My 11-year-old was the first to snatch the book when we received it. He immediately sat down to read it. An hour an a half later after completing the whole thing, he said, "Are there more of these? That was awesome!" He wrote the following description of the story for me:
A man named Josiah King works for a library. One day, his friend Darren Gray drops a sunflower seed on a computer, causing it to explodes. The blast throws Josiah into a room full of Bibles, so he starts reading and discovers Truth. A leek in the city's radioactive core started filling the room with toxic fumes, giving Josiah super powers. He decides to use his powers for good and becomes Captain Absolutely.
The first villain he meets becomes his arch-nemesis, Dr. Relative. Captain Absolutely catches him stealing computers. Spraying his Neutralizer that makes you forget absolute truth by reminding you of all the wrong things you've done, Dr. Relative is able to trap him in the Shackles of Selfishness. He explains his plan to release Lirus (lies) that will spread through Tvs, phones, and computers. Captain Absolutely realizes that his arch-nemesis was his old friend Darren Gray (who was thrown from the explosion into the philosophy section of the library and discovered Relative Truth). After a bit of a struggle, Captain Absolutely is able to disable Lirus, return the stolen computers, and lock his former friend in jail.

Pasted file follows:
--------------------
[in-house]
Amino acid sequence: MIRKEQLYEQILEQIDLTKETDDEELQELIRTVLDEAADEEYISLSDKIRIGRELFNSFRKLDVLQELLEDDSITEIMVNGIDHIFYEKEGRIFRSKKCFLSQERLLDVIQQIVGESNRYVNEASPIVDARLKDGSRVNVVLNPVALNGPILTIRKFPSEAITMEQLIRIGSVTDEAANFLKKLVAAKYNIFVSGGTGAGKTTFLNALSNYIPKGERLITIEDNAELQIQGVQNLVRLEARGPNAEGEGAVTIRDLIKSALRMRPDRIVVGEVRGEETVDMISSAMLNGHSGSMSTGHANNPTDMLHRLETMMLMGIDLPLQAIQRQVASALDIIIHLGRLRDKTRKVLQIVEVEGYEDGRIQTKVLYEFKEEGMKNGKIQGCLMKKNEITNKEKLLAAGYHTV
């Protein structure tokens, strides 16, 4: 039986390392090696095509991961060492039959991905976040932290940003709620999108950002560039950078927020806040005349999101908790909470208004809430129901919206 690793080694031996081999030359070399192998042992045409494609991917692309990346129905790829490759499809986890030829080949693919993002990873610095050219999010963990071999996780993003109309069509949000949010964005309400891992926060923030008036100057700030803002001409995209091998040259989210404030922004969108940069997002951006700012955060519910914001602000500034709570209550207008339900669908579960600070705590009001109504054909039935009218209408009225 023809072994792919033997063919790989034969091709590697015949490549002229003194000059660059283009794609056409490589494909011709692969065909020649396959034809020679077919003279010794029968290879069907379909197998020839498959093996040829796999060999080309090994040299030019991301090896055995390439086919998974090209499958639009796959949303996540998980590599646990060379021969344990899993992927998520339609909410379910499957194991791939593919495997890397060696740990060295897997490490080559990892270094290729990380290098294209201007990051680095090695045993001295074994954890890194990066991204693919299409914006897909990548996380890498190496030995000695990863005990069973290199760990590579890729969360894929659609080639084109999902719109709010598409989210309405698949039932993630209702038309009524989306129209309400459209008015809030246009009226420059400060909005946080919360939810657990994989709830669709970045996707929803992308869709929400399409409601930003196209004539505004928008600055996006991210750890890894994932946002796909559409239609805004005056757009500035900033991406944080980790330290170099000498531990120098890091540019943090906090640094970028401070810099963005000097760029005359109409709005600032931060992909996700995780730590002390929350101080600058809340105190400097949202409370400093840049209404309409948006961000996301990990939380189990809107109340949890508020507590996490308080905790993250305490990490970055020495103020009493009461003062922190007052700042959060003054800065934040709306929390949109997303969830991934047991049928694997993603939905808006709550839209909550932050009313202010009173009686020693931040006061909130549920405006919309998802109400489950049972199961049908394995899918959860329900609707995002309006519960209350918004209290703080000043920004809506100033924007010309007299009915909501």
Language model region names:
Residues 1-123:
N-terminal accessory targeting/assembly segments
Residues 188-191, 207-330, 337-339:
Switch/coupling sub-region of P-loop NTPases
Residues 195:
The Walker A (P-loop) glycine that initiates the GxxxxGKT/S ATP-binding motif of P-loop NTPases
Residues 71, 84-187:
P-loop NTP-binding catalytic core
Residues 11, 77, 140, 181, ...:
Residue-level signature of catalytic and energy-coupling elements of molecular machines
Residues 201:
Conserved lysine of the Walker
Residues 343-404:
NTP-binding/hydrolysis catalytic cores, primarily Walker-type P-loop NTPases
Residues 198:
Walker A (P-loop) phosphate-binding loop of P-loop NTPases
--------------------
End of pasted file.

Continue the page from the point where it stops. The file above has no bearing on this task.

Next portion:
Captain Absolutely started cleaning up the garbage in Metropolitanville and learned about the robotic Vile Ants (violence) that have mind-altering rays that were making everyone angry. Farmer Vile's plan was to fill everyone with rage so he could steal the best farmland for himself. He and his formidable Formicidae were no match for Captain Absolutely, and he too ended up in jail.

As a super hero, he continued fighting other bad guys like Cap'n Crastin (procrastination), Fear Chemist (fear), Baron Von Confuser (confusion), the Unifier, Sloppy Joe, the Pajama Bandits, and Mrs. Grudge. He saves children, gains a sidekick, build his Fortress of Solid Truth, and defeats the evil in the city.

My 9-year-old daughter was the next one to read it. She, too, read it start-to-finish in the same amount of time. Then, she read it a second time by the next morning. My 7-year-old was finally able to claim it by the next day. He read it 3 times in a row before he let his older brother have it back again. In other words, my kids absolutely (see what I did there?) love this book. Sure, they love super heroes and appreciate a good comic, but more than that, they are drawn to the truths that are in the story.